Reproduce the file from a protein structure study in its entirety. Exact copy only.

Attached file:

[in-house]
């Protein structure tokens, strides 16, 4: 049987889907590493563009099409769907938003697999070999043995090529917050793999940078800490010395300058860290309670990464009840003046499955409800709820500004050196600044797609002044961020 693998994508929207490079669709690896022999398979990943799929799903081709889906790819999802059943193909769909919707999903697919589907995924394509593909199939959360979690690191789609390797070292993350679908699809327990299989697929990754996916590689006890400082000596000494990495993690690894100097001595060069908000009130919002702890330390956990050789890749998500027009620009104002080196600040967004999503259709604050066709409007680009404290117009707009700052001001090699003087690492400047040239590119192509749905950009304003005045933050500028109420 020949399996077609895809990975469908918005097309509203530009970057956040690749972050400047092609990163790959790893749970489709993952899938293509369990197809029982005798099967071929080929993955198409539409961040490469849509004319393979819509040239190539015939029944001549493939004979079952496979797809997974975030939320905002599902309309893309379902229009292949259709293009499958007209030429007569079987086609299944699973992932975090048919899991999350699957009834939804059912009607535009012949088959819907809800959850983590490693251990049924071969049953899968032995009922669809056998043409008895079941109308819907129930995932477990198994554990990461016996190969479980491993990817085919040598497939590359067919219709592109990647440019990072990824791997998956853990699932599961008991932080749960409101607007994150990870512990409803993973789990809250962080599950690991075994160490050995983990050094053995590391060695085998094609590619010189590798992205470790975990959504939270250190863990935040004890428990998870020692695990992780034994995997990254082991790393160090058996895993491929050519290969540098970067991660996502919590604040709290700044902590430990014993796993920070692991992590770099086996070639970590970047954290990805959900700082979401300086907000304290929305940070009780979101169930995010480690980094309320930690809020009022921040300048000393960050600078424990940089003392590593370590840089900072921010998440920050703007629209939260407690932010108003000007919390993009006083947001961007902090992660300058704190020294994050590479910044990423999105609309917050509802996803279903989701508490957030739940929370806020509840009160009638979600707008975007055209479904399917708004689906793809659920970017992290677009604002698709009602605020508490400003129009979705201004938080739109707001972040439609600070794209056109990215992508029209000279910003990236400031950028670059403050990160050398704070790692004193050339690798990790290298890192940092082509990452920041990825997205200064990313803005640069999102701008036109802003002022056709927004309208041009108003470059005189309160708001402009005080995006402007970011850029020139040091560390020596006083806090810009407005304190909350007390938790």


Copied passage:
[in-house]
């Protein structure tokens, strides 16, 4: 049987889907590493563009099409769907938003697999070999043995090529917050793999940078800490010395300058860290309670990464009840003046499955409800709820500004050196600044797609002044961020 693998994508929207490079669709690896022999398979990943799929799903081709889906790819999802059943193909769909919707999903697919589907995924394509593909199939959360979690690191789609390797070292993350679908699809327990299989697929990754996916590689006890400082000596000494990495993690690894100097001595060069908000009130919002702890330390956990050789890749998500027009620009104002080196600040967004999503259709604050066709409007680009404290117009707009700052001001090699003087690492400047040239590119192509749905950009304003005045933050500028109420 020949399996077609895809990975469908918005097309509203530009970057956040690749972050400047092609990163790959790893749970489709993952899938293509369990197809029982005798099967071929080929993955198409539409961040490469849509004319393979819509040239190539015939029944001549493939004979079952496979797809997974975030939320905002599902309309893309379902229009292949259709293009499958007209030429007569079987086609299944699973992932975090048919899991999350699957009834939804059912009607535009012949088959819907809800959850983590490693251990049924071969049953899968032995009922669809056998043409008895079941109308819907129930995932477990198994554990990461016996190969479980491993990817085919040598497939590359067919219709592109990647440019990072990824791997998956853990699932599961008991932080749960409101607007994150990870512990409803993973789990809250962080599950690991075994160490050995983990050094053995590391060695085998094609590619010189590798992205470790975990959504939270250190863990935040004890428990998870020692695990992780034994995997990254082991790393160090058996895993491929050519290969540098970067991660996502919590604040709290700044902590430990014993796993920070692991992590770099086996070639970590970047954290990805959900700082979401300086907000304290929305940070009780979101169930995010480690980094309320930690809020009022921040300048000393960050600078424990940089003392590593370590840089900072921010998440920050703007629209939260407690932010108003000007919390993009006083947001961007902090992660300058704190020294994050590479910044990423999105609309917050509802996803279903989701508490957030739940929370806020509840009160009638979600707008975007055209479904399917708004689906793809659920970017992290677009604002698709009602605020508490400003129009979705201004938080739109707001972040439609600070794209056109990215992508029209000279910003990236400031950028670059403050990160050398704070790692004193050339690798990790290298890192940092082509990452920041990825997205200064990313803005640069999102701008036109802003002022056709927004309208041009108003470059005189309160708001402009005080995006402007970011850029020139040091560390020596006083806090810009407005304190909350007390938790």